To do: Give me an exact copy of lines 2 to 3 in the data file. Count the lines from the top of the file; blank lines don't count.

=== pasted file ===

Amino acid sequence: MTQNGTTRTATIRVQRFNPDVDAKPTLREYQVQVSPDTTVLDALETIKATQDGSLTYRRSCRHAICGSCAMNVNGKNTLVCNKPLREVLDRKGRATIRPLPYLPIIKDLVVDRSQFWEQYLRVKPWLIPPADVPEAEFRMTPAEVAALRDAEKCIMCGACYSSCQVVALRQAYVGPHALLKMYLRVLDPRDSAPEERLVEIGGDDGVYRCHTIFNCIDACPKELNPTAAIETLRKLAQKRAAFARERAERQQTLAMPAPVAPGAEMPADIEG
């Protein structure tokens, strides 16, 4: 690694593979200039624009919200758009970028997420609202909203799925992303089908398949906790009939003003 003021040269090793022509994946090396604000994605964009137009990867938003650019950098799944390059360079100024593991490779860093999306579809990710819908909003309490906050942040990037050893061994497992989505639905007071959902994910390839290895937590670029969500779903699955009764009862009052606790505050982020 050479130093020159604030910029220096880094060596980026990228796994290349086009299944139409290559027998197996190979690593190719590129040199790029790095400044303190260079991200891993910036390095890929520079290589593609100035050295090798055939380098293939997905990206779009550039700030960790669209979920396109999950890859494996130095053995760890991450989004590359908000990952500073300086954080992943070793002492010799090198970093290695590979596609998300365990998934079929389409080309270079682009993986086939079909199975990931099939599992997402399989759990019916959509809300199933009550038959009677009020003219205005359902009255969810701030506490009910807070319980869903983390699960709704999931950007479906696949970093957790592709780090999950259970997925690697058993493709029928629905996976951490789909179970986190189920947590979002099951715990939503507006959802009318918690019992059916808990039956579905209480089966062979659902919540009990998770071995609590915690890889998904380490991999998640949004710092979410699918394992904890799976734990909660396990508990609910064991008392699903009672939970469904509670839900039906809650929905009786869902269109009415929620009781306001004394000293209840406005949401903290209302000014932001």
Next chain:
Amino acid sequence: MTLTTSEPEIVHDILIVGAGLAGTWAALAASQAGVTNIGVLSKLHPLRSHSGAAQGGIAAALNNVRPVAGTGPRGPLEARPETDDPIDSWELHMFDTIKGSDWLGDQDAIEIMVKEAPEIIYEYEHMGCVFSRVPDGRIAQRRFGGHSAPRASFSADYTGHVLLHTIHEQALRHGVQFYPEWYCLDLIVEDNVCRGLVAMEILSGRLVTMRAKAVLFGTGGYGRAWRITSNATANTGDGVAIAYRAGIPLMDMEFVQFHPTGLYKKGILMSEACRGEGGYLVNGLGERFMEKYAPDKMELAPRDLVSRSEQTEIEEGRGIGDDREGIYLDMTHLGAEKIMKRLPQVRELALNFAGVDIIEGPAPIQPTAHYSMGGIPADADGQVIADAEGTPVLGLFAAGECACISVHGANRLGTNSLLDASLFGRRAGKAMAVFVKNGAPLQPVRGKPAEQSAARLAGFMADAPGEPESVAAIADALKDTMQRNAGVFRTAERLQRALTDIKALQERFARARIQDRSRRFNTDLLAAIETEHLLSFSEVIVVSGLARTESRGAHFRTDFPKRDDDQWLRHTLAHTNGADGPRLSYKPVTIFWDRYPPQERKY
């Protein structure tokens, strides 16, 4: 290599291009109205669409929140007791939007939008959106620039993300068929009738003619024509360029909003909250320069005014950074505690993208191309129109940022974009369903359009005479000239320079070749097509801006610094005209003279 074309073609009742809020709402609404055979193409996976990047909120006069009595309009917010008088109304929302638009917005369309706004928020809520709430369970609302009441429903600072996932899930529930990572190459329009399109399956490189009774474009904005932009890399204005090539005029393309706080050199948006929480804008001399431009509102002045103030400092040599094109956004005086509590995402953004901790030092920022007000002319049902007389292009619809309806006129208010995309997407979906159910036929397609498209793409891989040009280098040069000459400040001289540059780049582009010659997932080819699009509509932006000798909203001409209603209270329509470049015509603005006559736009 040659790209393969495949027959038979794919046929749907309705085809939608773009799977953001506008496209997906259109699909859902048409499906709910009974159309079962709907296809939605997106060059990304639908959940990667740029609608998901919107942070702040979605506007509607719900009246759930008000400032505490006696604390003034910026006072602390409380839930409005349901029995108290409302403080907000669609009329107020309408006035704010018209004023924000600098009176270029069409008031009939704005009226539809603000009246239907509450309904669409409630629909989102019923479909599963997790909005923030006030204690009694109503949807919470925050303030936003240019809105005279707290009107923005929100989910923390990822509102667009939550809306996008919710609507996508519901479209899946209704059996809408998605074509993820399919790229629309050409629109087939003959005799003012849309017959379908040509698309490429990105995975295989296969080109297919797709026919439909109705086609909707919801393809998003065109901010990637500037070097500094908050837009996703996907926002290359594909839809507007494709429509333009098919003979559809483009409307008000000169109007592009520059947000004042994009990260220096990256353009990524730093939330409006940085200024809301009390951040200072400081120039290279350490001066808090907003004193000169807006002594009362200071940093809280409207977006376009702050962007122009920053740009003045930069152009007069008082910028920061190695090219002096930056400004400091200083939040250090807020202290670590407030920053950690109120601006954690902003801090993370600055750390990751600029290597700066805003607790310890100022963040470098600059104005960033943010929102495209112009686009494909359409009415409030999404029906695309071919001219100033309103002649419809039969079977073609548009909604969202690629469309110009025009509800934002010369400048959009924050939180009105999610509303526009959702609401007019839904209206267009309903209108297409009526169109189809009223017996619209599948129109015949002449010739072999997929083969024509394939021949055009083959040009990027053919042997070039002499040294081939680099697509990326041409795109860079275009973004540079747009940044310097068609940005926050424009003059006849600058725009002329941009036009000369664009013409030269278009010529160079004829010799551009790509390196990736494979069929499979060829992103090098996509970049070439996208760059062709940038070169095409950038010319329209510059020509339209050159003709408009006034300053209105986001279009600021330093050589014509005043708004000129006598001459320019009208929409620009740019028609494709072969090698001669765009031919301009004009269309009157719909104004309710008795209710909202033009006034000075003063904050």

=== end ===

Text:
């Protein structure tokens, strides 16, 4: 690694593979200039624009919200758009970028997420609202909203799925992303089908398949906790009939003003 003021040269090793022509994946090396604000994605964009137009990867938003650019950098799944390059360079100024593991490779860093999306579809990710819908909003309490906050942040990037050893061994497992989505639905007071959902994910390839290895937590670029969500779903699955009764009862009052606790505050982020 050479130093020159604030910029220096880094060596980026990228796994290349086009299944139409290559027998197996190979690593190719590129040199790029790095400044303190260079991200891993910036390095890929520079290589593609100035050295090798055939380098293939997905990206779009550039700030960790669209979920396109999950890859494996130095053995760890991450989004590359908000990952500073300086954080992943070793002492010799090198970093290695590979596609998300365990998934079929389409080309270079682009993986086939079909199975990931099939599992997402399989759990019916959509809300199933009550038959009677009020003219205005359902009255969810701030506490009910807070319980869903983390699960709704999931950007479906696949970093957790592709780090999950259970997925690697058993493709029928629905996976951490789909179970986190189920947590979002099951715990939503507006959802009318918690019992059916808990039956579905209480089966062979659902919540009990998770071995609590915690890889998904380490991999998640949004710092979410699918394992904890799976734990909660396990508990609910064991008392699903009672939970469904509670839900039906809650929905009786869902269109009415929620009781306001004394000293209840406005949401903290209302000014932001």
Next chain: